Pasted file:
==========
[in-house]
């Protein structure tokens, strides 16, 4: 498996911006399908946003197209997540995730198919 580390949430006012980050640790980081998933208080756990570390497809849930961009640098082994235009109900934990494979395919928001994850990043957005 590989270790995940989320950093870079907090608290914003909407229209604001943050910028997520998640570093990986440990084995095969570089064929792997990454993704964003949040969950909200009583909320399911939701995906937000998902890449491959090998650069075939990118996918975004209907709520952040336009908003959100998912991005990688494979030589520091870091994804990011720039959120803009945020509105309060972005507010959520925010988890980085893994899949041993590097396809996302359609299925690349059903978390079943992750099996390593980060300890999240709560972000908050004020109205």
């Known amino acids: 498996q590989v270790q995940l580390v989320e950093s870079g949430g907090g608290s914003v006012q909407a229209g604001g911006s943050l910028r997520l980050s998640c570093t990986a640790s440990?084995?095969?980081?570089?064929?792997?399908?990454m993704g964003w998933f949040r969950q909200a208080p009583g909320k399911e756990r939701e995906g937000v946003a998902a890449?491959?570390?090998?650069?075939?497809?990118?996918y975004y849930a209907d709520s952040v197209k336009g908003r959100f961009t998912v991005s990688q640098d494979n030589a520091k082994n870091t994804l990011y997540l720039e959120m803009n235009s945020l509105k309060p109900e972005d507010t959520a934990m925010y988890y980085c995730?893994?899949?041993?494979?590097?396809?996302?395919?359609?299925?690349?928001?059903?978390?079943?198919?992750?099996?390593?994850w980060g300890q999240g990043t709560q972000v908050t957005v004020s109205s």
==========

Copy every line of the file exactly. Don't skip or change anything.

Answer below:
[in-house]
């Protein structure tokens, strides 16, 4: 498996911006399908946003197209997540995730198919 580390949430006012980050640790980081998933208080756990570390497809849930961009640098082994235009109900934990494979395919928001994850990043957005 590989270790995940989320950093870079907090608290914003909407229209604001943050910028997520998640570093990986440990084995095969570089064929792997990454993704964003949040969950909200009583909320399911939701995906937000998902890449491959090998650069075939990118996918975004209907709520952040336009908003959100998912991005990688494979030589520091870091994804990011720039959120803009945020509105309060972005507010959520925010988890980085893994899949041993590097396809996302359609299925690349059903978390079943992750099996390593980060300890999240709560972000908050004020109205």
């Known amino acids: 498996q590989v270790q995940l580390v989320e950093s870079g949430g907090g608290s914003v006012q909407a229209g604001g911006s943050l910028r997520l980050s998640c570093t990986a640790s440990?084995?095969?980081?570089?064929?792997?399908?990454m993704g964003w998933f949040r969950q909200a208080p009583g909320k399911e756990r939701e995906g937000v946003a998902a890449?491959?570390?090998?650069?075939?497809?990118?996918y975004y849930a209907d709520s952040v197209k336009g908003r959100f961009t998912v991005s990688q640098d494979n030589a520091k082994n870091t994804l990011y997540l720039e959120m803009n235009s945020l509105k309060p109900e972005d507010t959520a934990m925010y988890y980085c995730?893994?899949?041993?494979?590097?396809?996302?395919?359609?299925?690349?928001?059903?978390?079943?198919?992750?099996?390593?994850w980060g300890q999240g990043t709560q972000v908050t957005v004020s109205s």